Date: August 4, 2017
Miles: 26.4 miles (42.5km), from mile 1,364.7 to Cache 22 at mile 1,391.1.
Health: Slept great. Feet are hurting and had to start using the knee brace again.
We wake up early and pack our gear quick. We’re hiking into Old Station for breakfast so I skip the cold soaked oats. Sam gets on the trail first and I head after him. Our first job is to get water from the river running close by. After few miles, we get to a spot where it’s easy to get to the water so we fill our bottles and head on.
The trail is pretty uneventful. We head down for a while and then climb a few small hills and eventually reach the junction to Old Station. Guthooks recommends a restaurant called JJ’s for breakfast and I’m dying for some bacon!
There’s a short walk through a trailer park and then we reach the highway. Looking around, we can only find one restaurant and it’s the gas station. As we’re hungry, we decide to order food although we’re both a bit skeptical about the quality. But a hungry hiker can’t be a picky hiker.
We eat what can only be described as mediocre food, even by hungry hiker standards. We sit outside wondering why the town is so small–we can only see the trailer park, gas station, post office, and one other building. I zoom out on Guthooks’ map and realize the town is divided into two parts and we’re at the wrong end. We took the wrong junction to Old Station and JJ’s is 2.4 miles (3.9km) down the highway.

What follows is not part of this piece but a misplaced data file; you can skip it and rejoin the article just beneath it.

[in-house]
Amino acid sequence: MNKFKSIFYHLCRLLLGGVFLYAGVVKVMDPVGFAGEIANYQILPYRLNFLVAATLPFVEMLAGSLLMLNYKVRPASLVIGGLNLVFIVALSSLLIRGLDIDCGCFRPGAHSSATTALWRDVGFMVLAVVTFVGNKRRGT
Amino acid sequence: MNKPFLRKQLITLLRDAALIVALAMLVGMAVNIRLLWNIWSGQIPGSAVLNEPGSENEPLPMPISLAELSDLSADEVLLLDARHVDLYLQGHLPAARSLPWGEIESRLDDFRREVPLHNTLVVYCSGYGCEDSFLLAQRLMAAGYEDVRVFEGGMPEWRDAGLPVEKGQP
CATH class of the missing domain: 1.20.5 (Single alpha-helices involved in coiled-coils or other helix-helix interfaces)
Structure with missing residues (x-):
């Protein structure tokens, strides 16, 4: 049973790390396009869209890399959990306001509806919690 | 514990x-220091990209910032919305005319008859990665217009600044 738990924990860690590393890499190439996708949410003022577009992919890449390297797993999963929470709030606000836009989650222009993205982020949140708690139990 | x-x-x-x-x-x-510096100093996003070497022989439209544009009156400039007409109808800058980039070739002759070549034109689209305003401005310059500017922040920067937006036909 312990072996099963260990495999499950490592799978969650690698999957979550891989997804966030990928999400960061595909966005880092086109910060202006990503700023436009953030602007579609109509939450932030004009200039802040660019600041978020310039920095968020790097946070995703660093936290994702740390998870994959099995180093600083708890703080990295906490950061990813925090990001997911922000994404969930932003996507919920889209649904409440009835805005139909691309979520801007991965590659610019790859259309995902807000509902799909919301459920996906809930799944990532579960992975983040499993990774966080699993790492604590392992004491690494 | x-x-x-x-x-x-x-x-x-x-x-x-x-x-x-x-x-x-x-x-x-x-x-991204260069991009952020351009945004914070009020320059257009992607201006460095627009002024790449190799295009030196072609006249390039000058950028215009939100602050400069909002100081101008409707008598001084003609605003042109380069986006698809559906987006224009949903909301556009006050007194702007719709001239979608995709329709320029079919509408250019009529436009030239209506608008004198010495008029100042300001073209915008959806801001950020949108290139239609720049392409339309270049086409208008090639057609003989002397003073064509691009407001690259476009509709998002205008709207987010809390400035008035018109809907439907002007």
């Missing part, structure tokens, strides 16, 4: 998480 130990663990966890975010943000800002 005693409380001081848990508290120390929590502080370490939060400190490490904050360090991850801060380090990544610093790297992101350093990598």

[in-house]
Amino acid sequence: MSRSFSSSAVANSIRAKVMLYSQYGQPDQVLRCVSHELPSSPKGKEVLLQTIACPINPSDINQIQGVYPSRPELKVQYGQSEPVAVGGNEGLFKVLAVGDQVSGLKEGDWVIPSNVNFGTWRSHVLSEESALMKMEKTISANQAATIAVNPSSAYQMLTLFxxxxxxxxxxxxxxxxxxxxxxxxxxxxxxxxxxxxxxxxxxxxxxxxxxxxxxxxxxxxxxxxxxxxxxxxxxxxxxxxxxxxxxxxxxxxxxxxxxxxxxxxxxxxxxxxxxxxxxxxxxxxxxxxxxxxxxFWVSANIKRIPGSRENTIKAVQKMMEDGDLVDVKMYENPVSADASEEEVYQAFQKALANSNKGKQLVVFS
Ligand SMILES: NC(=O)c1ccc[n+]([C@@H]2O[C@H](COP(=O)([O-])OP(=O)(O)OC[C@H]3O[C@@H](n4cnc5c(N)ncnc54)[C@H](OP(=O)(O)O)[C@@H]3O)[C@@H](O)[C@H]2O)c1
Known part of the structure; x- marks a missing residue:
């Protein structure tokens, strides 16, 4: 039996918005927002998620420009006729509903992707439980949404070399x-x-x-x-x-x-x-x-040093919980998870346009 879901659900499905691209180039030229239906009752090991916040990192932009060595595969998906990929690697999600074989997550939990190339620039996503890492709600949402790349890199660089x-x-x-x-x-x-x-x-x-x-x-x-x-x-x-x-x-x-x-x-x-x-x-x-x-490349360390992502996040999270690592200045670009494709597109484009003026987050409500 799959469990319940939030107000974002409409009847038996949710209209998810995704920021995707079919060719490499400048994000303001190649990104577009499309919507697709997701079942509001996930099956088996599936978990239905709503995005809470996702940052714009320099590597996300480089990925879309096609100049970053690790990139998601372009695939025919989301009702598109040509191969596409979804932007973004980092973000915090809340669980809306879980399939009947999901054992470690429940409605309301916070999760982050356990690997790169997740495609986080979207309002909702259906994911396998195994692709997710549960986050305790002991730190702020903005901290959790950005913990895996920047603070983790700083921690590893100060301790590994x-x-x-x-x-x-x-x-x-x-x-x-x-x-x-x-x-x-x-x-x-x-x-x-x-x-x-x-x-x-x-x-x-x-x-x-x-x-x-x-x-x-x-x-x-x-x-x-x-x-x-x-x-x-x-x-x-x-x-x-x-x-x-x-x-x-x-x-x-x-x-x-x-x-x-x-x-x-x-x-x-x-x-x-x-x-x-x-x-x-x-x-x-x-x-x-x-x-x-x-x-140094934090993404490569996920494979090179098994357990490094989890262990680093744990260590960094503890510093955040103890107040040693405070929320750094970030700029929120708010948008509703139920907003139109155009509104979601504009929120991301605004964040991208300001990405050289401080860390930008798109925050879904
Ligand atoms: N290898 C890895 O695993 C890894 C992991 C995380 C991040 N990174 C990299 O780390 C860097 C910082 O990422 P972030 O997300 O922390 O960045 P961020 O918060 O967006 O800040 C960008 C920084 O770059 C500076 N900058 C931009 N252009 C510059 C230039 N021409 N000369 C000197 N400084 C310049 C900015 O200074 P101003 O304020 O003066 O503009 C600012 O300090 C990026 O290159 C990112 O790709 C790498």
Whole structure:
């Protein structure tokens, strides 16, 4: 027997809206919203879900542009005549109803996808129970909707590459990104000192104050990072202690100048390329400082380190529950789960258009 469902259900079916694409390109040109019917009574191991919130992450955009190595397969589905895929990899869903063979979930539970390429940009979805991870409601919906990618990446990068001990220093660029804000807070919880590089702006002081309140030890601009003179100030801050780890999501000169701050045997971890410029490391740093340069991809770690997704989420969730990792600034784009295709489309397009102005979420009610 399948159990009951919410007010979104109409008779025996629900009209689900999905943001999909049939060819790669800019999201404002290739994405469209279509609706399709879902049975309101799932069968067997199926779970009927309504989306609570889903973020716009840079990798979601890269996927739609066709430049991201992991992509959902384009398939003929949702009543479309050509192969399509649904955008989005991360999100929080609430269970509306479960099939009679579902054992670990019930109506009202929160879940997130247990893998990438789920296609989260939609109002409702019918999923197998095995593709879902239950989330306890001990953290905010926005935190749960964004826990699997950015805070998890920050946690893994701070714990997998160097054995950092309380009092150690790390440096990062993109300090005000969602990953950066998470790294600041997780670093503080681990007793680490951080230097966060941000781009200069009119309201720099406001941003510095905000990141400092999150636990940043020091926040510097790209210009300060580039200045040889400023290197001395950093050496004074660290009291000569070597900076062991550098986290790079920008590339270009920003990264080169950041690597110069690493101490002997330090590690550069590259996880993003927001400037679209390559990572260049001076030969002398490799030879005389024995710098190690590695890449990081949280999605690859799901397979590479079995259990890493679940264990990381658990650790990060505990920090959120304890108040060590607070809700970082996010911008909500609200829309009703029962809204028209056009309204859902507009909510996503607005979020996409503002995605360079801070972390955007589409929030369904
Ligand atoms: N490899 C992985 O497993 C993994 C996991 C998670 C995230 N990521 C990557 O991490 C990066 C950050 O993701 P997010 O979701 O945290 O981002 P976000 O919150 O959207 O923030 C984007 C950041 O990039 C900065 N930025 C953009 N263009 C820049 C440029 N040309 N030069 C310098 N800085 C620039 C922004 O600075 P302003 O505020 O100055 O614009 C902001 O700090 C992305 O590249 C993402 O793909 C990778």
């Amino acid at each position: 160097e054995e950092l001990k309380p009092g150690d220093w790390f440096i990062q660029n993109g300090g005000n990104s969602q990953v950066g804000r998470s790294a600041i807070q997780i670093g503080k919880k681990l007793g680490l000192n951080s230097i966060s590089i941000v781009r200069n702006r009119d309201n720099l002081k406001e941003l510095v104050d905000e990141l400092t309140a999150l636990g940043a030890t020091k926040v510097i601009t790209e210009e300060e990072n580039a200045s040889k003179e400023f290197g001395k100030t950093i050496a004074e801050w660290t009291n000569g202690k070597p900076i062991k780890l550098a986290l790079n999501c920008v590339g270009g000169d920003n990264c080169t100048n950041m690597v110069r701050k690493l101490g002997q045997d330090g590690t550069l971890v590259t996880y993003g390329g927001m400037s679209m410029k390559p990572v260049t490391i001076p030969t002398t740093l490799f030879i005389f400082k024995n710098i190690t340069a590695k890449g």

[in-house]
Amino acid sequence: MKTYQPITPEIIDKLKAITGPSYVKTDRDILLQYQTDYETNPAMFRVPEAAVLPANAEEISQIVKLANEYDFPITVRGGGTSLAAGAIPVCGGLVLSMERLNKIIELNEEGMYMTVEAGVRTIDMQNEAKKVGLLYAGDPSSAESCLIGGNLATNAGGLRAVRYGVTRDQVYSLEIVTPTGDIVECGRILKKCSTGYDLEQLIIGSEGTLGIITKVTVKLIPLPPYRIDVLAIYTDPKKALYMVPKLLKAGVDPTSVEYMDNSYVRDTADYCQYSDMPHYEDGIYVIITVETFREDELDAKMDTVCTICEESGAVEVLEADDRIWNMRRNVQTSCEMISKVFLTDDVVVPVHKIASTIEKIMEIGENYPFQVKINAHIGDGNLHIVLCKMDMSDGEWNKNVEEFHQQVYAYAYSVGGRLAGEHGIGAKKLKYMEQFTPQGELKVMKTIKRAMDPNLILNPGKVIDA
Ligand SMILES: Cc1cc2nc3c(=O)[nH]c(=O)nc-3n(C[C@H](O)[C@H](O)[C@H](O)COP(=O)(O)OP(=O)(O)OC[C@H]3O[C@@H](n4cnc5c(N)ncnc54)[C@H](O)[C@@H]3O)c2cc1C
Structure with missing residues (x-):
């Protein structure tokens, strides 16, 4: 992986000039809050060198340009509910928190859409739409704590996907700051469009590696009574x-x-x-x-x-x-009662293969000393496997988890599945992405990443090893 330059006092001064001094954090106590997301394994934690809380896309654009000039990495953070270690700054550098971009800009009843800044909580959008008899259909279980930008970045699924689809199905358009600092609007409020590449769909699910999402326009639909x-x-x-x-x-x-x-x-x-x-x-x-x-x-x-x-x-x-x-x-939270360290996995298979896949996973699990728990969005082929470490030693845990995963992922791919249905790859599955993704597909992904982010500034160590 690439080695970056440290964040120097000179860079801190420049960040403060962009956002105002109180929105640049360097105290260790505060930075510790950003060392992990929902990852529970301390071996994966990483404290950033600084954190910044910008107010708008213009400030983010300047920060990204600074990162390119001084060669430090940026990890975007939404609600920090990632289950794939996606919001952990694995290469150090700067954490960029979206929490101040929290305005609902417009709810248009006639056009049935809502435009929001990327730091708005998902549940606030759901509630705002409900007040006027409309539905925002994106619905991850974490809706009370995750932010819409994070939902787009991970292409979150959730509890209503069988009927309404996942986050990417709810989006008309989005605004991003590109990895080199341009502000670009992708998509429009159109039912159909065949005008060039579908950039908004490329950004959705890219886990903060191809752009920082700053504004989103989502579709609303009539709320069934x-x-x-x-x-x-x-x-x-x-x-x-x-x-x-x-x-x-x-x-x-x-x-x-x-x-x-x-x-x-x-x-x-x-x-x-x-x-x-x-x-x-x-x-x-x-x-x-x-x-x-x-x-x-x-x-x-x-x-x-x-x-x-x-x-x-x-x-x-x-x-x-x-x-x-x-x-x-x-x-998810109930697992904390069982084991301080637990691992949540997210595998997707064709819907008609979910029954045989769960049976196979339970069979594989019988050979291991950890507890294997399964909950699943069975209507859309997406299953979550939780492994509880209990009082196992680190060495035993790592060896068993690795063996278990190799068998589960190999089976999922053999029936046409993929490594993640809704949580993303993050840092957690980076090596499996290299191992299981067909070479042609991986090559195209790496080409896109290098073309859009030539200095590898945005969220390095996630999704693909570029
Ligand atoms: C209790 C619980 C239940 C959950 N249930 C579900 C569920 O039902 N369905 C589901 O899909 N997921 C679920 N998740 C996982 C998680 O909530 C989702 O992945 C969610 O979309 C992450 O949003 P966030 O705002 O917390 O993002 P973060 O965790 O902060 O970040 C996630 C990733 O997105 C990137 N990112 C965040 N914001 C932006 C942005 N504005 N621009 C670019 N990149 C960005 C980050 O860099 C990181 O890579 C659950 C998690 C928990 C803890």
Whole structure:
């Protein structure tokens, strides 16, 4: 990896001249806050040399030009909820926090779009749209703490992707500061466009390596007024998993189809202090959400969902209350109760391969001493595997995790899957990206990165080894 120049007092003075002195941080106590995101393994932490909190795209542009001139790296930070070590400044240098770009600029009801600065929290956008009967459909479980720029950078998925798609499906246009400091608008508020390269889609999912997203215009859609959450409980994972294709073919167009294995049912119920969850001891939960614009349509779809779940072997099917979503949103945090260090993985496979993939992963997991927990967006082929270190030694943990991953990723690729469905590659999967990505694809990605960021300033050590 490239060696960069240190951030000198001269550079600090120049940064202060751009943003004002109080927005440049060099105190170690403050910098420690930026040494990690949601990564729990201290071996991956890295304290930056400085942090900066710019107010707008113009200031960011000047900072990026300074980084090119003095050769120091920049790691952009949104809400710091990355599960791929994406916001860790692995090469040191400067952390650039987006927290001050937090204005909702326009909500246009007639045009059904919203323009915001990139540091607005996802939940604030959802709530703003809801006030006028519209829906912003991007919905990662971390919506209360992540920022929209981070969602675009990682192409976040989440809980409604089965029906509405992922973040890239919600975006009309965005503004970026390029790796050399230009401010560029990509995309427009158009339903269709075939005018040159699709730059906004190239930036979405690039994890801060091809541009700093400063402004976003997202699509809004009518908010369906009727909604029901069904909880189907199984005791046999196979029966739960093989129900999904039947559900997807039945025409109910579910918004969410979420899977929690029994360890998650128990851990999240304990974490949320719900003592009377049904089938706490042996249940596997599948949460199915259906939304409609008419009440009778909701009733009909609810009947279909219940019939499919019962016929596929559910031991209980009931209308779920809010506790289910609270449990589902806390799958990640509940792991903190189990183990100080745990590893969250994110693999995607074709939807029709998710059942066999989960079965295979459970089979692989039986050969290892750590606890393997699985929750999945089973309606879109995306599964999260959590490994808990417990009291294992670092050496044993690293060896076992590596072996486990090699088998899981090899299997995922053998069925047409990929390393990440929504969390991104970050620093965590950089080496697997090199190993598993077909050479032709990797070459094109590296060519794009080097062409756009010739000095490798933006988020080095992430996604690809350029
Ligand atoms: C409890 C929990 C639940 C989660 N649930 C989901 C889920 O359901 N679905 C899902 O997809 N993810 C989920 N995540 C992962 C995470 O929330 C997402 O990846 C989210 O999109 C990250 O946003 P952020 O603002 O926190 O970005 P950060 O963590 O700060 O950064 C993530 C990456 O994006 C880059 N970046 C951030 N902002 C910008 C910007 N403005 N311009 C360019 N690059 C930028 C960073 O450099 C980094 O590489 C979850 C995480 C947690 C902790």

As we’re still hungry and want to get some proper food, we decide to road walk the 2.4 miles to JJ’s. The other option would be to backtrack back to the trail, hike over 3 miles along the trail and then hike back to the highway. The less scenic and more dangerous road walk saves us almost two miles or 40 minutes of walking.
There was no cell reception in town but as soon as we get a mile away on the highway, we get cell reception. We both dick around with our phones while walking and watching out for cars. As soon as we see the town again the cell reception disappears. Go figure.
This part of the town is a bit larger and has a better vibe. We soon find JJ’s and order milkshakes, burgers, and avocado salad. While waiting for our orders we charge our electronics from the outlets outside.
The quality of food is miles apart from what we ate in the morning. No wonder the place has raving reviews on Guthooks. Not only better food, JJ’s has also air conditioning and–by trail standards–working internet access. It’s too spotty to get any blog posts up but I manage to send out a few messages.